|Publication number||US7913007 B2|
|Application number||US 12/240,938|
|Publication date||Mar 22, 2011|
|Filing date||Sep 29, 2008|
|Priority date||Sep 27, 2007|
|Also published as||US20090119483|
|Publication number||12240938, 240938, US 7913007 B2, US 7913007B2, US-B2-7913007, US7913007 B2, US7913007B2|
|Inventors||Montek Singh, Manoj Kumar Ampalam|
|Original Assignee||The University Of North Carolina|
|Export Citation||BiBTeX, EndNote, RefMan|
|Patent Citations (17), Non-Patent Citations (37), Referenced by (11), Classifications (14), Legal Events (2)|
|External Links: USPTO, USPTO Assignment, Espacenet|
This application claims the benefit of U.S. Provisional Patent Application Ser. No. 60/995,541, filed Sep. 27, 2007; the disclosure of which is incorporated herein by reference in its entirety.
This presently disclosed subject matter was made with U.S. Government support under Contract No. KT3408 awarded by the Defense Advanced Research Projects Agency (DARPA). Thus, the U.S. Government has certain rights in the presently disclosed subject matter.
The subject matter described herein relates to methods and systems for implementing pipelined processing. More particularly, the subject matter described herein relates to systems, methods, and computer readable media for counter-flow pipelining: preemption in asynchronous systems using anti-tokens.
As synchronous designs are increasingly facing challenges due to fundamental limitations of clocking, the VLSI design community has recently turned towards asynchronous logic to mitigate the challenges of global clock distribution in large complex high-speed systems. Asynchronous design offers several potential benefits, such as lower power consumption, higher performance, greater robustness, and significantly better modularity, all of which make asynchronous circuits a promising alternative to synchronous design.
When the problems that arise when using a global synchronous clock became apparent, the VLSI community started looking towards solving problems in asynchronous domain due to its inherent advantages. The main difference in the synchronous and asynchronous ideologies is the way timing between various modules is maintained. In a synchronous pipeline, for example, clocking gives a timing reference which dictates the completion of different stages. In asynchronous pipelines, timing is inferred by communication between the adjacent stages in the pipeline. This is referred to as handshaking. Handshaking protocols define the control behavior of asynchronous pipeline.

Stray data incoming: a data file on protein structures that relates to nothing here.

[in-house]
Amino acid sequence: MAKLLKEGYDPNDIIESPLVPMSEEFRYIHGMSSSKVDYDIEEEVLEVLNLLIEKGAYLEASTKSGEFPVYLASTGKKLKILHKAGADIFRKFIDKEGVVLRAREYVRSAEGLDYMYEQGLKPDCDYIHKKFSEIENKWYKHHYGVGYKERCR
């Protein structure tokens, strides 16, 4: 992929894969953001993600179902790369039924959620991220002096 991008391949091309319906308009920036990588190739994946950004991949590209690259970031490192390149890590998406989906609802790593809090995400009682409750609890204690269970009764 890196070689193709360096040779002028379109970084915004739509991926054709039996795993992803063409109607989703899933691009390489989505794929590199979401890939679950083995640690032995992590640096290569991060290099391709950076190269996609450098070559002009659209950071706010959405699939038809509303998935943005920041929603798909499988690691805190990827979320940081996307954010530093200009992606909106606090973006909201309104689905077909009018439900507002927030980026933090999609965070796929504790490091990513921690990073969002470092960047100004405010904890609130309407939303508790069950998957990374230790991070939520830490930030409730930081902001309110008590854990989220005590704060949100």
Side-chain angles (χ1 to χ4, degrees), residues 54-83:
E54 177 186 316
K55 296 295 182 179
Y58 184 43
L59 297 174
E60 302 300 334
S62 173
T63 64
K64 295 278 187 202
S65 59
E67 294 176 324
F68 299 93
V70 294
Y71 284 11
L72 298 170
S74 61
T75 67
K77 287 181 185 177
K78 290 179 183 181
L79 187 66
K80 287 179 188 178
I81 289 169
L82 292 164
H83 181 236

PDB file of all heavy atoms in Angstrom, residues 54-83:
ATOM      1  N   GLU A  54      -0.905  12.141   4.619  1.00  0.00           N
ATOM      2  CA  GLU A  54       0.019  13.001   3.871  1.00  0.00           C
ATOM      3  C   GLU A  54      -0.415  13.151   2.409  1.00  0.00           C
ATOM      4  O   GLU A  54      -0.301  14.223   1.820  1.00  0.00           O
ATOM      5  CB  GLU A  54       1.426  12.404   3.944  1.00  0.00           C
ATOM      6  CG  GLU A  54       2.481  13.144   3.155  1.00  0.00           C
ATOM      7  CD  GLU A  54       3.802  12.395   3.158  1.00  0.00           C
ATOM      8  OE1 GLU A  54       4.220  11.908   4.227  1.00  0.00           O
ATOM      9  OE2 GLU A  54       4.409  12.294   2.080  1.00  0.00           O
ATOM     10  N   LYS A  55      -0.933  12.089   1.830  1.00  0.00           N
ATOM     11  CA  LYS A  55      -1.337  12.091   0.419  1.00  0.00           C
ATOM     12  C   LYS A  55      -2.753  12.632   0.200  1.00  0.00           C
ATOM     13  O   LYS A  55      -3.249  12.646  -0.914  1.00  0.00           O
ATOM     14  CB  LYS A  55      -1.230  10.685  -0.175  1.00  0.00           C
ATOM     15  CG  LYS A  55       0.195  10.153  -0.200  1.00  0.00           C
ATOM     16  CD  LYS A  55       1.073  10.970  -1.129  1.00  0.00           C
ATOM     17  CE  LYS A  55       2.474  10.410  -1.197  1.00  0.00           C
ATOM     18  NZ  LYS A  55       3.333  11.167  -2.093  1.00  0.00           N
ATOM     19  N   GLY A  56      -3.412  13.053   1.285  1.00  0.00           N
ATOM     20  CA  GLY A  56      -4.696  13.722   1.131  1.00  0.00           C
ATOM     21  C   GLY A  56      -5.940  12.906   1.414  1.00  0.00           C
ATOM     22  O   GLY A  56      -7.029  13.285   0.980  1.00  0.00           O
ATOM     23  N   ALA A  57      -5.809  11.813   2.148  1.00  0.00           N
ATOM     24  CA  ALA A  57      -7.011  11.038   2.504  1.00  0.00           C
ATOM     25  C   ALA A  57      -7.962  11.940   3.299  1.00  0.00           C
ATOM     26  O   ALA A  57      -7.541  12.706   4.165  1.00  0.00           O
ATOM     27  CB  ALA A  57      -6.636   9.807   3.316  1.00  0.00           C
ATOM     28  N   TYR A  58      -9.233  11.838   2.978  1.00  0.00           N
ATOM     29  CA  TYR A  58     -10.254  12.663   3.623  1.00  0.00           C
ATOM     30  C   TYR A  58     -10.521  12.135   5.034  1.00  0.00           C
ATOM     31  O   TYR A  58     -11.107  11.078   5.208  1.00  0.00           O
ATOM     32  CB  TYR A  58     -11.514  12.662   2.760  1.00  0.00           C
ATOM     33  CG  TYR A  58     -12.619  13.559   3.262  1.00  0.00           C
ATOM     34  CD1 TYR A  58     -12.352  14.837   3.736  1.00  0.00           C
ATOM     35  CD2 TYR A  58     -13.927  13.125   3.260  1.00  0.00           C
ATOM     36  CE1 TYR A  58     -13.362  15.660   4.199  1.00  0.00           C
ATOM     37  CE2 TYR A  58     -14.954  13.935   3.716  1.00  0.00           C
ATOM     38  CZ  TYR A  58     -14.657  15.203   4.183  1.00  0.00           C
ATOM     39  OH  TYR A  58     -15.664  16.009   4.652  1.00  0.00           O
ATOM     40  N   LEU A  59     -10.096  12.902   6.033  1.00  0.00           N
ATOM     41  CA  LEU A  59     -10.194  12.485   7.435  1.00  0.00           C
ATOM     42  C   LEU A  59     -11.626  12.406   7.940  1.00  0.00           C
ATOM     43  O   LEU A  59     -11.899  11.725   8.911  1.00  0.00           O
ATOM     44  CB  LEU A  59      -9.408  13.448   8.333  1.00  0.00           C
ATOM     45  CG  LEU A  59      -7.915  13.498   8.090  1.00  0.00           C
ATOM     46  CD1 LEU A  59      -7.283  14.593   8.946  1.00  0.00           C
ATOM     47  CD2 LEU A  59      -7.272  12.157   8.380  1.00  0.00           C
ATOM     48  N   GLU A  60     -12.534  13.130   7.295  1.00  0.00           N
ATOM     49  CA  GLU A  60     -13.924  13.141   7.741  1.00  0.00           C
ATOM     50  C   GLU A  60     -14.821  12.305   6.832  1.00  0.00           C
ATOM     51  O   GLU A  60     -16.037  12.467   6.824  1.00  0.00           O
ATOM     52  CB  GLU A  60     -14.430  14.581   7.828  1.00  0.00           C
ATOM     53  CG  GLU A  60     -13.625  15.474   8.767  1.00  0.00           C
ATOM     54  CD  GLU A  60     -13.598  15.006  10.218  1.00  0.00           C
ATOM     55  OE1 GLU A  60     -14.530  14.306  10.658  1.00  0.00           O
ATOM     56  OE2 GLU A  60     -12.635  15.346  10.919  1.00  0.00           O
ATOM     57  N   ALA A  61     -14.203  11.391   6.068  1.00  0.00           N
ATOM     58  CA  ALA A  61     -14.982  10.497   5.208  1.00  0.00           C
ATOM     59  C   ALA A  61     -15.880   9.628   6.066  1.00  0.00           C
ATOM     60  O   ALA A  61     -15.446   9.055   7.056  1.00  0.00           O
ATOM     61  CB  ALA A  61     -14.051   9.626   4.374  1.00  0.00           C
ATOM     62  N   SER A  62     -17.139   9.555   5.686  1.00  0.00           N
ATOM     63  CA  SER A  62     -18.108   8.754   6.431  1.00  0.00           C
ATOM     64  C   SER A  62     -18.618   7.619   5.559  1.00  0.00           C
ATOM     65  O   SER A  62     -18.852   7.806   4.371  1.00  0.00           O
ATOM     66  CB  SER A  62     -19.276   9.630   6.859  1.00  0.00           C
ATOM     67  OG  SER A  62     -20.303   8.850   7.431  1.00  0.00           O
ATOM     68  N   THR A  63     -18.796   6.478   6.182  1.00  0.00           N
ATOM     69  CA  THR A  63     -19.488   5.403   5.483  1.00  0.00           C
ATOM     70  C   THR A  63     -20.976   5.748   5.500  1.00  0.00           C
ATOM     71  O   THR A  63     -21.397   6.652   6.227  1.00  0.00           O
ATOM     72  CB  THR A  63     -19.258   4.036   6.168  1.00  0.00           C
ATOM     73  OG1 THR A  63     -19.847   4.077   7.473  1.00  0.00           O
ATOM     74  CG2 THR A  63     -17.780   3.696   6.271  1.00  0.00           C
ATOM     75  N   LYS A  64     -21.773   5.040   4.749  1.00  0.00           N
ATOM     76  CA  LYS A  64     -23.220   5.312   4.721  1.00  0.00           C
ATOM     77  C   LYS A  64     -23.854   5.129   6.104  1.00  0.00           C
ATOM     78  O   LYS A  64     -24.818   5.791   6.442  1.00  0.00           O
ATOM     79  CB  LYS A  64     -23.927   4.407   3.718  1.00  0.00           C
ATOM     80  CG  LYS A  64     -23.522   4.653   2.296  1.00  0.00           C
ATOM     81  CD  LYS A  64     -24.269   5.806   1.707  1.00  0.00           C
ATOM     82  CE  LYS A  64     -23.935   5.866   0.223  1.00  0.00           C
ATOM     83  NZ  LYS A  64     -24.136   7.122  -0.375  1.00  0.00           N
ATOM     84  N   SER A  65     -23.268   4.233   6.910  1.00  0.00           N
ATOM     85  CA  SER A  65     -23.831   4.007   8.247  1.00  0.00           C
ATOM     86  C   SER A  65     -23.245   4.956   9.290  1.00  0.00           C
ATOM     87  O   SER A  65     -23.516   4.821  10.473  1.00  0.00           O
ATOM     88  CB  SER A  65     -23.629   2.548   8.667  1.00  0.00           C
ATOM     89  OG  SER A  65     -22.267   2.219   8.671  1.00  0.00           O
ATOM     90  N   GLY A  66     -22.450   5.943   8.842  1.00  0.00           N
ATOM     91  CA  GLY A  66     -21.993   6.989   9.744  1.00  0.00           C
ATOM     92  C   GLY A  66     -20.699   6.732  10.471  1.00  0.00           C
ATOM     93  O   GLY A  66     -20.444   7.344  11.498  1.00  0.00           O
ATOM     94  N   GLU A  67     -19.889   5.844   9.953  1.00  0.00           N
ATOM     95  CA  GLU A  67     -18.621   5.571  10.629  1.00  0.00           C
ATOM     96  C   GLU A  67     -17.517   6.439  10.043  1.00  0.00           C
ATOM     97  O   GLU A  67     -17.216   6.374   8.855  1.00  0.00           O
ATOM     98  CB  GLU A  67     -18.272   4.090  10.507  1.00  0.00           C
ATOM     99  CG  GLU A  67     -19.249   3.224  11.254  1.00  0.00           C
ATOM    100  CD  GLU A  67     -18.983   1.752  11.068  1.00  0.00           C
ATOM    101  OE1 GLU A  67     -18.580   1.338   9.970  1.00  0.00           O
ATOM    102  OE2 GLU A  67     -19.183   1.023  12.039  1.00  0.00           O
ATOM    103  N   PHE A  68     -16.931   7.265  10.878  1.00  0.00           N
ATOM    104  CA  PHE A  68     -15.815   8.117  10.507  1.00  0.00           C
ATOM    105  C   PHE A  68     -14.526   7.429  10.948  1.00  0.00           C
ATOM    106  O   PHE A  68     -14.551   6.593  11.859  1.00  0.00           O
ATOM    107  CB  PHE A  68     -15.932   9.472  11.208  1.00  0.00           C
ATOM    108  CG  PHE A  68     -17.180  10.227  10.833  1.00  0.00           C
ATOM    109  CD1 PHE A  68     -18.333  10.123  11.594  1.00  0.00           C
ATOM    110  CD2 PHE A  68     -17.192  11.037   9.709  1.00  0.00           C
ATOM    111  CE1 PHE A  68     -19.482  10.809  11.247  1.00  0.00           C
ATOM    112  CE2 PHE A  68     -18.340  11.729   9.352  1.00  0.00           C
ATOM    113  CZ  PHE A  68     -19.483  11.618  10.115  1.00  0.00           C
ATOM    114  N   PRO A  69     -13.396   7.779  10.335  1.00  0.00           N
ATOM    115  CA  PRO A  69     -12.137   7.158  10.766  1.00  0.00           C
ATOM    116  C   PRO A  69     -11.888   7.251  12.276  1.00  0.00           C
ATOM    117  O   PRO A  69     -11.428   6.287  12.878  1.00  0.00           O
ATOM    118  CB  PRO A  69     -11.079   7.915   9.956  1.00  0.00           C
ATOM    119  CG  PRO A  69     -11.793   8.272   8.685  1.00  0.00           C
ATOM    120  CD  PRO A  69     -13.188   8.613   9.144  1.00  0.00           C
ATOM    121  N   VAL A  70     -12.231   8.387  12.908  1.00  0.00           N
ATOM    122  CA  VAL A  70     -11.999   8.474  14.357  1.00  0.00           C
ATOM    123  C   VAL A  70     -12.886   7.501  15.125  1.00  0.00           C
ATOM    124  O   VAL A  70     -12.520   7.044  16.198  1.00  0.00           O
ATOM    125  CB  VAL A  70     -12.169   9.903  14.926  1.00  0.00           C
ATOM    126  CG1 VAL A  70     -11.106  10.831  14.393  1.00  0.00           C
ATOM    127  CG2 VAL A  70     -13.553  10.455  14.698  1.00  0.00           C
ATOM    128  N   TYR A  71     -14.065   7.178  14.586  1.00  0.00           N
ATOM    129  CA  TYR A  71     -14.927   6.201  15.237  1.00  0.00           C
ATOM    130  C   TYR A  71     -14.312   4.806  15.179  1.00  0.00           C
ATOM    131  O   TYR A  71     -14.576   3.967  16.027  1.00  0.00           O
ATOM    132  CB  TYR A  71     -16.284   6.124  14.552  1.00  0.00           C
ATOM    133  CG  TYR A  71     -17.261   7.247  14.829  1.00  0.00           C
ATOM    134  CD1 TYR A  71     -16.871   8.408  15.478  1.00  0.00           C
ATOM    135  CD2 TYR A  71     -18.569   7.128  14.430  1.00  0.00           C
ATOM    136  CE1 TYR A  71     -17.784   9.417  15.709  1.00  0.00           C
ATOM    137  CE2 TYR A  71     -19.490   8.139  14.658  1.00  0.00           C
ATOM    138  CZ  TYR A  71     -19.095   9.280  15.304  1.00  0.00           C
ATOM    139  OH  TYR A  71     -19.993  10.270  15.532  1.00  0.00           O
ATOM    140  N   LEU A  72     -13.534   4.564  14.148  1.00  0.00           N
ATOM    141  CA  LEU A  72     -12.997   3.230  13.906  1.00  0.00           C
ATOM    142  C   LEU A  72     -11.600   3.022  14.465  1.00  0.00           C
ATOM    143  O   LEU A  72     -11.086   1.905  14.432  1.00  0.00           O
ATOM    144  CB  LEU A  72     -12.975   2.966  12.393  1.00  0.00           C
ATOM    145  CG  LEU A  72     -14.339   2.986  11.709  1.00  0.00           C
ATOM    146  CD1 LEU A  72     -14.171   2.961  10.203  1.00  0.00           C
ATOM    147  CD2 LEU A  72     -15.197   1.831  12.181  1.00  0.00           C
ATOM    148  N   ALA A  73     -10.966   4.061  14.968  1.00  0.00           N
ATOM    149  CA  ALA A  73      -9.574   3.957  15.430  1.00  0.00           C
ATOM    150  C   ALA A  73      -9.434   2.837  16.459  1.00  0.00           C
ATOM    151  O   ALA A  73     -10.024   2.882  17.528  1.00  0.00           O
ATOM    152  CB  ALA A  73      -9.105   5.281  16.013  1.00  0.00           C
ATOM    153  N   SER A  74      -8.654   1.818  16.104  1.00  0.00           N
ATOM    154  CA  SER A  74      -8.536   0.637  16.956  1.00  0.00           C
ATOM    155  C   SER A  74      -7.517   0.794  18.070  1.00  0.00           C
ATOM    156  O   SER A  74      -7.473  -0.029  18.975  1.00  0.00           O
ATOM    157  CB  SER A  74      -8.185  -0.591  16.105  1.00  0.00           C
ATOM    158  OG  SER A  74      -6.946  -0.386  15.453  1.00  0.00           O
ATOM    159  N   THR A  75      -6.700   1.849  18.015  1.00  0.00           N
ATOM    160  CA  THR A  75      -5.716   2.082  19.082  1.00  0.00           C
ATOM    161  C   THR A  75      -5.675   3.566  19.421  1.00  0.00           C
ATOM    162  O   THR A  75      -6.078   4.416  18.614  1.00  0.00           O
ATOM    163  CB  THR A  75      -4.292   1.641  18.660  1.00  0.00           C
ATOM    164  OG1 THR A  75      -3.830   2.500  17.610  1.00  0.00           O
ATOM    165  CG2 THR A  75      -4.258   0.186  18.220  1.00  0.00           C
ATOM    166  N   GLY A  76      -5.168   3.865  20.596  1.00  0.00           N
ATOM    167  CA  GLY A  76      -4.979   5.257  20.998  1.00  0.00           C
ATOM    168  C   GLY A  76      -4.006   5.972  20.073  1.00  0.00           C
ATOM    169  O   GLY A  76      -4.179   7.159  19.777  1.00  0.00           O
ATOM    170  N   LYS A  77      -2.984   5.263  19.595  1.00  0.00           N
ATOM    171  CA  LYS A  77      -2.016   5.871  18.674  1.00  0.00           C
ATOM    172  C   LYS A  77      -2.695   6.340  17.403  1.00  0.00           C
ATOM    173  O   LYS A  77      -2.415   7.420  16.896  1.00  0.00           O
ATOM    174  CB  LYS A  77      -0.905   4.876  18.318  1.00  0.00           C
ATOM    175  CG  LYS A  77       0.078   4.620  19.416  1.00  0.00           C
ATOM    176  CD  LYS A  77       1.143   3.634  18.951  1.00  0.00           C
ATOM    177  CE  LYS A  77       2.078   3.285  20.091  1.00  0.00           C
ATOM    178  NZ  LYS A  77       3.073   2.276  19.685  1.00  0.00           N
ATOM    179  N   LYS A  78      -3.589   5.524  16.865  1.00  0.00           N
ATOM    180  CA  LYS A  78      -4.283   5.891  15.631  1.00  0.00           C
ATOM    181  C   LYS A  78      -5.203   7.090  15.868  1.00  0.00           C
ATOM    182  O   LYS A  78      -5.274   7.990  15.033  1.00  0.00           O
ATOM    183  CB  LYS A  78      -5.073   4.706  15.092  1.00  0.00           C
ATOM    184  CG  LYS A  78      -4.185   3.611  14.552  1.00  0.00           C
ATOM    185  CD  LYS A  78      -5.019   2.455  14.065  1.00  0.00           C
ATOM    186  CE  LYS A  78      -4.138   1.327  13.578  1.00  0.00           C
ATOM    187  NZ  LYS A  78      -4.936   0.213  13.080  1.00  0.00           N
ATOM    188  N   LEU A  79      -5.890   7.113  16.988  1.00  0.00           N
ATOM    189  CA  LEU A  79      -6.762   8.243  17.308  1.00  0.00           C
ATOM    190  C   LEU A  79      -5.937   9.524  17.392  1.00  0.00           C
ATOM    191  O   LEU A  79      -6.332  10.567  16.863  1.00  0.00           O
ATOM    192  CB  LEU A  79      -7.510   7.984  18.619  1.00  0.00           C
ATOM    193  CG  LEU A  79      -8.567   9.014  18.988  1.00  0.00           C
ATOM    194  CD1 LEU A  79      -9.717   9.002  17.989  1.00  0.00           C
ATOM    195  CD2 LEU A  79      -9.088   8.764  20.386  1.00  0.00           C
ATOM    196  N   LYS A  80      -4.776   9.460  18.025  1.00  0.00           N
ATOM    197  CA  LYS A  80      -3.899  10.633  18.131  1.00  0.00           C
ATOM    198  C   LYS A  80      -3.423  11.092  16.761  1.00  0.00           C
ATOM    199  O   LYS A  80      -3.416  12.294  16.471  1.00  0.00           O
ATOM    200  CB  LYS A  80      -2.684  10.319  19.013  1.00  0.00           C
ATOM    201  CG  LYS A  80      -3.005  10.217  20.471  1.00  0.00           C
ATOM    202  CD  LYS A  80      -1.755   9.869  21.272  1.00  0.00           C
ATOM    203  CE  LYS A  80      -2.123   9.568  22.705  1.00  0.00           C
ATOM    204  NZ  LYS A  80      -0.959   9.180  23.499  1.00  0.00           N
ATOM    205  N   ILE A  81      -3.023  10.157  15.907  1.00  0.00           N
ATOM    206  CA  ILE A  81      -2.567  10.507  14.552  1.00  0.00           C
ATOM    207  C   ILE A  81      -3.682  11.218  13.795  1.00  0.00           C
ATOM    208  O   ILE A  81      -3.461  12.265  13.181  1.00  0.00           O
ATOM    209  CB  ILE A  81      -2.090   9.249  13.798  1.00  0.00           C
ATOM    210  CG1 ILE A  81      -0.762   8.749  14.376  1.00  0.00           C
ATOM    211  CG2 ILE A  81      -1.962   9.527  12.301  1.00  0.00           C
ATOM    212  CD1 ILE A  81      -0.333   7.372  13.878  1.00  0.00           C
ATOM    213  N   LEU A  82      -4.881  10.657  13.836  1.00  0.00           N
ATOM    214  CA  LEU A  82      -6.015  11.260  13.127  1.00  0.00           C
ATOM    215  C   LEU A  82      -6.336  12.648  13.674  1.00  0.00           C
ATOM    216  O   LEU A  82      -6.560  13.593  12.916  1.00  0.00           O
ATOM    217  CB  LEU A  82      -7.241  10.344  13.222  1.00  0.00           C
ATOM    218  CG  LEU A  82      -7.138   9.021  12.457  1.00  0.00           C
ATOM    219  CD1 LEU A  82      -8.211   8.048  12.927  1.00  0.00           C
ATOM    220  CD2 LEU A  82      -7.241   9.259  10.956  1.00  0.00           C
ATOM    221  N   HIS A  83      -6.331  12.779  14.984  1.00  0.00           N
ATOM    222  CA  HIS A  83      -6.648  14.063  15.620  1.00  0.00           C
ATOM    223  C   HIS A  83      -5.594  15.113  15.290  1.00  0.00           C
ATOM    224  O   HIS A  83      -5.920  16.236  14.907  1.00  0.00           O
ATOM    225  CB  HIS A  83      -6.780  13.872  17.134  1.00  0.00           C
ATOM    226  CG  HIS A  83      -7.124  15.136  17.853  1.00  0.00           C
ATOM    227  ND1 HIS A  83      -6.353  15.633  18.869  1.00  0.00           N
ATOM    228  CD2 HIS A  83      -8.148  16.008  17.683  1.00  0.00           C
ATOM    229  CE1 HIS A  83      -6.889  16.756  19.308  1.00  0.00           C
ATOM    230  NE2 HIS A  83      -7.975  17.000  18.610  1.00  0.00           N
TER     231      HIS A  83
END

There are many areas where asynchronous circuits dominate their synchronous counterparts. Lower emissions of electromagnetic noise, no clock distribution (saving area and power), no clock skew, robustness to environmental variations (e.g. temperature and power supply) or transistor variations, better modularity and better security are just some of the properties for which most asynchronous designs have shown advantages over synchronous ones.
There are many different flavors of asynchronous design. However, the most commonly used approaches differ mainly in the following design choices.
The most popular form in recent years has been dual-rail encoding with level sensitive signaling. Full delay insensitivity is still achieved, but there must be a “return to zero” phase in each transaction, and therefore more power is dissipated than with transition signaling. The advantage of this approach over transition signaling is that the logic processing elements can be much simpler; familiar logic gates process levels whereas the circuits required to process transitions require state and are generally more complex.
The protocol sequence is also shown as the timing diagram at the bottom of
This approach has some disadvantages, however. Existing handshake protocols dictate a unidirectional flow of information. Given two adjacent stages, these protocols define one of the stages as active and the stage as passive. Only the active stage can initiate a communication with the passive stage. As used herein, the term “forward” refers to the direction that data is traveling as it passes through the pipeline, and the term “backward” refers to the opposite direction from forward. In conventional pipelines, initiation signals, such as REQ 106 can only travel forward, and response signals, such as ACK 108, can only travel backward. Though these protocols have enabled building complex pipelines, their unidirectional nature has become a bottleneck in implementing certain useful architectural concepts, such as speculation, preemption, and eager evaluation. These concepts will now be described with reference to a simple example, described below and illustrated in